Answer: First of all trust the manufacturer who should be the expert. If the product is from a respectable manufacture and make sure the AFR meter passed a validation test. To perform this task is very simple if you have the right equipment. The best method is to use a laboratory grade laminar flow element to measure the air flow and a precision mass fuel flow to measure the fuel flow. These instruments are in the range of $20,000 each plus dynamometer time. Install this equipment onto an engine running on a dynamometer and verify the data to the AFR meter. Subjecting the sensor to span and zero gasses is not an adequate method because combustion exhaust is different in composition and water vapor content. Also calibration gas decomposes and deteriorates over time and then the expected values are not usable. If the AFR meter is made by a company that is not able to substantiate the performance or states it works as good as “XXXX” avoid the product.

Q: Which AFR meter is the best on the market?

Answer: Since the introduction of the first exhaust sensor based (UEGO) air fuel ratio analyzer by Horiba Instruments literally dozens of AFR products are available. All of the AFR products offered by Airfuelratio.com are verified to perform as specified with full assurance providing and being the best in the industry. Many competitive products may be okay for a hobbyist but fall short when it comes to tuning an engine properly. If you are uncertain, ask the automobile manufactures or engine tuning professionals what AFR product they use.

Q: What is the operation temperature of the sensor?

Answer: The sensor is designed to function in the exhaust up to 1670 degrees F. Any time the temperature exceeds above this the sensor life will be less. It is best to keep the wires away from the high exhaust heat. Many performance engines will experience exhaust temperatures of 1350-1450 deg F at wide open throttle making power. An engine must produce heat to provide power.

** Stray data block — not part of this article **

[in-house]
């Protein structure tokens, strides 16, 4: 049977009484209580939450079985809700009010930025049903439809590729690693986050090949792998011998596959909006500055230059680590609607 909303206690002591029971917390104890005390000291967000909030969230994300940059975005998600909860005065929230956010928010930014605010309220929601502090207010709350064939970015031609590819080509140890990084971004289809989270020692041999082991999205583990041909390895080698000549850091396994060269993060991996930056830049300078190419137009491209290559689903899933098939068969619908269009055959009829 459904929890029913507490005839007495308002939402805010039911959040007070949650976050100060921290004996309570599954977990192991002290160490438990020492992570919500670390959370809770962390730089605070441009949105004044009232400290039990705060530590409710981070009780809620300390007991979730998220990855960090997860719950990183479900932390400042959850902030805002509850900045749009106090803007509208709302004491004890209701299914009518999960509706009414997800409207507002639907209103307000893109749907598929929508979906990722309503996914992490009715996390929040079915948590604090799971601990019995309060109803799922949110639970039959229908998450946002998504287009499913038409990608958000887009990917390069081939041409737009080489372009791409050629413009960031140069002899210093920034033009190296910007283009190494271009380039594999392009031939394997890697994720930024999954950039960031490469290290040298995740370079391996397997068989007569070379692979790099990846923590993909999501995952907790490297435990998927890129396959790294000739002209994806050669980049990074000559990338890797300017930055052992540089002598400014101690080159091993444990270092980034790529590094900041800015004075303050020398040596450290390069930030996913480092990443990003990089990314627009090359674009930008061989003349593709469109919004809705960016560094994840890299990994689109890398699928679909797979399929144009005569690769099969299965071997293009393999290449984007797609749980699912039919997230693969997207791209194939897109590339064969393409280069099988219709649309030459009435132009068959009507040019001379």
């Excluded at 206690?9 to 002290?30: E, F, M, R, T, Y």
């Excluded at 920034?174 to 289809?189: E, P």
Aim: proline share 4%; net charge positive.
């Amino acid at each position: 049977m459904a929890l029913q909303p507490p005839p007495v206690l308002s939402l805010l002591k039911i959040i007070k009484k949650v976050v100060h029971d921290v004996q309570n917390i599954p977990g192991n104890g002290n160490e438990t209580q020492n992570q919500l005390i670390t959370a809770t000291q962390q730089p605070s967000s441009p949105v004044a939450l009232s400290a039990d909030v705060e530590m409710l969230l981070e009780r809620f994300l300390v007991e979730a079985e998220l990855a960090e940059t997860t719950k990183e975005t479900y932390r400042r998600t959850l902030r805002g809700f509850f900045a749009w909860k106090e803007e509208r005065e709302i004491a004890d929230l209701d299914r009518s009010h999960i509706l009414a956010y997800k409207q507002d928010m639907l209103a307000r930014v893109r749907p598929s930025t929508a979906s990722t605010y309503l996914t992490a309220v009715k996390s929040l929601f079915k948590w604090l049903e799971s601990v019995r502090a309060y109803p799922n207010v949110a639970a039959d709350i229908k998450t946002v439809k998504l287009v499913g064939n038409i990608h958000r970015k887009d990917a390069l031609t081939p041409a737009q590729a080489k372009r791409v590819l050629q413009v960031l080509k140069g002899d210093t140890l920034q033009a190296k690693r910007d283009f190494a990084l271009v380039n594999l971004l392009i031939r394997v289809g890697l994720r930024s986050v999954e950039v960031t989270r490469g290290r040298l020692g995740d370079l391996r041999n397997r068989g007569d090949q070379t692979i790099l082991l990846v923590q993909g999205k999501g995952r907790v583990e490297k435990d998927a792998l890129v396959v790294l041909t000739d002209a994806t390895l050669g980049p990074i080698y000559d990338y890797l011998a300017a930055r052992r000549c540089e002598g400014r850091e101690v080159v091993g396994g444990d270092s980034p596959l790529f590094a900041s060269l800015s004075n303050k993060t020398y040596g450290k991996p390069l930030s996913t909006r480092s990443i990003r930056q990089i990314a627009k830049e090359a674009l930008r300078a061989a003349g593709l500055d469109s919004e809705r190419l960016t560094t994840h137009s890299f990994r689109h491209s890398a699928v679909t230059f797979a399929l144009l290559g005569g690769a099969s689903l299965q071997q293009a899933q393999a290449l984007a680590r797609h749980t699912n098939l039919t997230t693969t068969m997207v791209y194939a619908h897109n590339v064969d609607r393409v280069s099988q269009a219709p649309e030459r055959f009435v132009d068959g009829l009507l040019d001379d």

What is th operation temperature of the sensor?

Q: When I go down a long hill the AFx reads “CAL-“?

Answer: Most OEM EFI engine control systems will turn off the fuel injectors to save fuel when the throttle is closed for a more than a few seconds while the vehicle is traveling down a hill. If the injector duration is 0.0 then the AFx display will show “CAL-“

Q: What should the AFx display while cruising steady on a flat road?

Answer: Most EFI OEM vehicles when the engine is warm in closed loop. In closed loop the EFI system is trying to maintain 14.6 AFR (stoichimetric) and will toggle slightly above and below when operating properly.

Q: Will the AFx work when my “Flex Fuel” vehicle uses E85 fuel?

Answer: The AFx will show an AFR value on the display that is comparable to ethanol blended fuel. If you know the exact concentration of ethanol contact us for a correction table.

Q: I have a mixture of E85 and gasoline in my gas tank. Can I read the AFR correctly?

Answer: Since the ratio of the fuel is not known it is best to read the AFR in Lambda which is the correct method for any fuel combination. The AFx is linear and when the display shows 9.0 the lambda is 0.62 and at 16.0 is lambda is 1.10.

Q: My engine is misfiring, why does the AFx show lean?

Answer: If any cylinder are not working properly because of defective or worn out spark plugs, bad spark plug wires or distributor cap, then the reading are not accurate. Repair the defective part before reading any AFR data.

Q: Will installing the AFR sensor after the catalytic converter affect the readings?

Answer: The reading are shifted slightly but are generally less than 0.2 AFR. For most engine tuning this is a small difference and are not a large influence.

 

NGK Spark Plugs (U.S.A.), Inc. shall not be liable for any economic damages or losses resulting from the improper use of its products.
Powertrain Electronics, LLC shall not be liable for any economic damages or losses resulting from the improper use of its products.